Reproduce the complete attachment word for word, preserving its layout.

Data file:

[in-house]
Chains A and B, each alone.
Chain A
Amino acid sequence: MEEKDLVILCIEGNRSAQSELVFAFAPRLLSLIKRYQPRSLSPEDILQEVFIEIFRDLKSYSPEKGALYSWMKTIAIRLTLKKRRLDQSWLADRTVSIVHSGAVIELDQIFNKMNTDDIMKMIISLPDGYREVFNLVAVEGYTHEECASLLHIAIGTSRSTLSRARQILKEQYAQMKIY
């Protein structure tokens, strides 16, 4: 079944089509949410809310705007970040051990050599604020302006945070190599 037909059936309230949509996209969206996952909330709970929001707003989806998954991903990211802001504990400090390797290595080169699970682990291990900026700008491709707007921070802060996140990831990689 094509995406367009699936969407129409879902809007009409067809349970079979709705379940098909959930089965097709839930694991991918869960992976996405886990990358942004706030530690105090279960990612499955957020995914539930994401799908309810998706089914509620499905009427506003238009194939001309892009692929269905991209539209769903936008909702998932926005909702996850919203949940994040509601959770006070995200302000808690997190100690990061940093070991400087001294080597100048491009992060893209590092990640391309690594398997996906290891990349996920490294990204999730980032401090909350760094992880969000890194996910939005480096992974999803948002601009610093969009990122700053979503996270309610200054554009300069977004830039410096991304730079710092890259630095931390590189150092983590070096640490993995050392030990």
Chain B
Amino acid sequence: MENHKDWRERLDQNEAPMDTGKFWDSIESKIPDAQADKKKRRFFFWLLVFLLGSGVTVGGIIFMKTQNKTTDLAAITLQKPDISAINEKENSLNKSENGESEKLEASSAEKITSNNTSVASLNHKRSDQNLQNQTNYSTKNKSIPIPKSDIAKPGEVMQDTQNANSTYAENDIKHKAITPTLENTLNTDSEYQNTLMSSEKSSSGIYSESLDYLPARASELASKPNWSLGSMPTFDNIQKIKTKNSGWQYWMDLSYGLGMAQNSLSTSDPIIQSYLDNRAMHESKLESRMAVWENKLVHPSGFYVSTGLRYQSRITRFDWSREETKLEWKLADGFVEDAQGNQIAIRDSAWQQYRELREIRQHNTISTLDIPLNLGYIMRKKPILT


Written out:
[in-house]
Chains A and B, each alone.
Chain A
Amino acid sequence: MEEKDLVILCIEGNRSAQSELVFAFAPRLLSLIKRYQPRSLSPEDILQEVFIEIFRDLKSYSPEKGALYSWMKTIAIRLTLKKRRLDQSWLADRTVSIVHSGAVIELDQIFNKMNTDDIMKMIISLPDGYREVFNLVAVEGYTHEECASLLHIAIGTSRSTLSRARQILKEQYAQMKIY
């Protein structure tokens, strides 16, 4: 079944089509949410809310705007970040051990050599604020302006945070190599 037909059936309230949509996209969206996952909330709970929001707003989806998954991903990211802001504990400090390797290595080169699970682990291990900026700008491709707007921070802060996140990831990689 094509995406367009699936969407129409879902809007009409067809349970079979709705379940098909959930089965097709839930694991991918869960992976996405886990990358942004706030530690105090279960990612499955957020995914539930994401799908309810998706089914509620499905009427506003238009194939001309892009692929269905991209539209769903936008909702998932926005909702996850919203949940994040509601959770006070995200302000808690997190100690990061940093070991400087001294080597100048491009992060893209590092990640391309690594398997996906290891990349996920490294990204999730980032401090909350760094992880969000890194996910939005480096992974999803948002601009610093969009990122700053979503996270309610200054554009300069977004830039410096991304730079710092890259630095931390590189150092983590070096640490993995050392030990």
Chain B
Amino acid sequence: MENHKDWRERLDQNEAPMDTGKFWDSIESKIPDAQADKKKRRFFFWLLVFLLGSGVTVGGIIFMKTQNKTTDLAAITLQKPDISAINEKENSLNKSENGESEKLEASSAEKITSNNTSVASLNHKRSDQNLQNQTNYSTKNKSIPIPKSDIAKPGEVMQDTQNANSTYAENDIKHKAITPTLENTLNTDSEYQNTLMSSEKSSSGIYSESLDYLPARASELASKPNWSLGSMPTFDNIQKIKTKNSGWQYWMDLSYGLGMAQNSLSTSDPIIQSYLDNRAMHESKLESRMAVWENKLVHPSGFYVSTGLRYQSRITRFDWSREETKLEWKLADGFVEDAQGNQIAIRDSAWQQYRELREIRQHNTISTLDIPLNLGYIMRKKPILT